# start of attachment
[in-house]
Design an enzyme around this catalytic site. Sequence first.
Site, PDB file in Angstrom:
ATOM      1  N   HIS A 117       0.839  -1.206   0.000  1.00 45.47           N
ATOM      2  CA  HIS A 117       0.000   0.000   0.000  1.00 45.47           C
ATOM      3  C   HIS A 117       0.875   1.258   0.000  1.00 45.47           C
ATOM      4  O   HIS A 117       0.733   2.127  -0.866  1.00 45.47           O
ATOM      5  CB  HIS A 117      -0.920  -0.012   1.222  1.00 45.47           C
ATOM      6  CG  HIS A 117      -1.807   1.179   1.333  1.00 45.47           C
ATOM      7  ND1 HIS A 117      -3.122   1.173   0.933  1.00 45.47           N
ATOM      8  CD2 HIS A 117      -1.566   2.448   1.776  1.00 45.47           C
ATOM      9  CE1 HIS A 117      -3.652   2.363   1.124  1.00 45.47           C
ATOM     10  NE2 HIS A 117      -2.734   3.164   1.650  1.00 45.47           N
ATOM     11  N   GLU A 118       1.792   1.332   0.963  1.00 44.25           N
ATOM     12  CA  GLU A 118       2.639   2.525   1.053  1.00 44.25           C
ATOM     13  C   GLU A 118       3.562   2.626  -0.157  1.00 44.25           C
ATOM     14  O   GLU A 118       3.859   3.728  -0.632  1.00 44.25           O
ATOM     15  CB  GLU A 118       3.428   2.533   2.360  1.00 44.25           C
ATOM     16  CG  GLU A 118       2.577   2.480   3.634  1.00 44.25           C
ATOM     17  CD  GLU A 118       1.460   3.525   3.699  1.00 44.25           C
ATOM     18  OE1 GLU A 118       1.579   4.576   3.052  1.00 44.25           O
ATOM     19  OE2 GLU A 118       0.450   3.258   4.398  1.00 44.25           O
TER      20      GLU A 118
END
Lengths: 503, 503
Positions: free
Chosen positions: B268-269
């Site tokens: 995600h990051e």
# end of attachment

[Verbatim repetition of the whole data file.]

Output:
[in-house]
Design an enzyme around this catalytic site. Sequence first.
Site, PDB file in Angstrom:
ATOM      1  N   HIS A 117       0.839  -1.206   0.000  1.00 45.47           N
ATOM      2  CA  HIS A 117       0.000   0.000   0.000  1.00 45.47           C
ATOM      3  C   HIS A 117       0.875   1.258   0.000  1.00 45.47           C
ATOM      4  O   HIS A 117       0.733   2.127  -0.866  1.00 45.47           O
ATOM      5  CB  HIS A 117      -0.920  -0.012   1.222  1.00 45.47           C
ATOM      6  CG  HIS A 117      -1.807   1.179   1.333  1.00 45.47           C
ATOM      7  ND1 HIS A 117      -3.122   1.173   0.933  1.00 45.47           N
ATOM      8  CD2 HIS A 117      -1.566   2.448   1.776  1.00 45.47           C
ATOM      9  CE1 HIS A 117      -3.652   2.363   1.124  1.00 45.47           C
ATOM     10  NE2 HIS A 117      -2.734   3.164   1.650  1.00 45.47           N
ATOM     11  N   GLU A 118       1.792   1.332   0.963  1.00 44.25           N
ATOM     12  CA  GLU A 118       2.639   2.525   1.053  1.00 44.25           C
ATOM     13  C   GLU A 118       3.562   2.626  -0.157  1.00 44.25           C
ATOM     14  O   GLU A 118       3.859   3.728  -0.632  1.00 44.25           O
ATOM     15  CB  GLU A 118       3.428   2.533   2.360  1.00 44.25           C
ATOM     16  CG  GLU A 118       2.577   2.480   3.634  1.00 44.25           C
ATOM     17  CD  GLU A 118       1.460   3.525   3.699  1.00 44.25           C
ATOM     18  OE1 GLU A 118       1.579   4.576   3.052  1.00 44.25           O
ATOM     19  OE2 GLU A 118       0.450   3.258   4.398  1.00 44.25           O
TER      20      GLU A 118
END
Lengths: 503, 503
Positions: free
Chosen positions: B268-269
């Site tokens: 995600h990051e």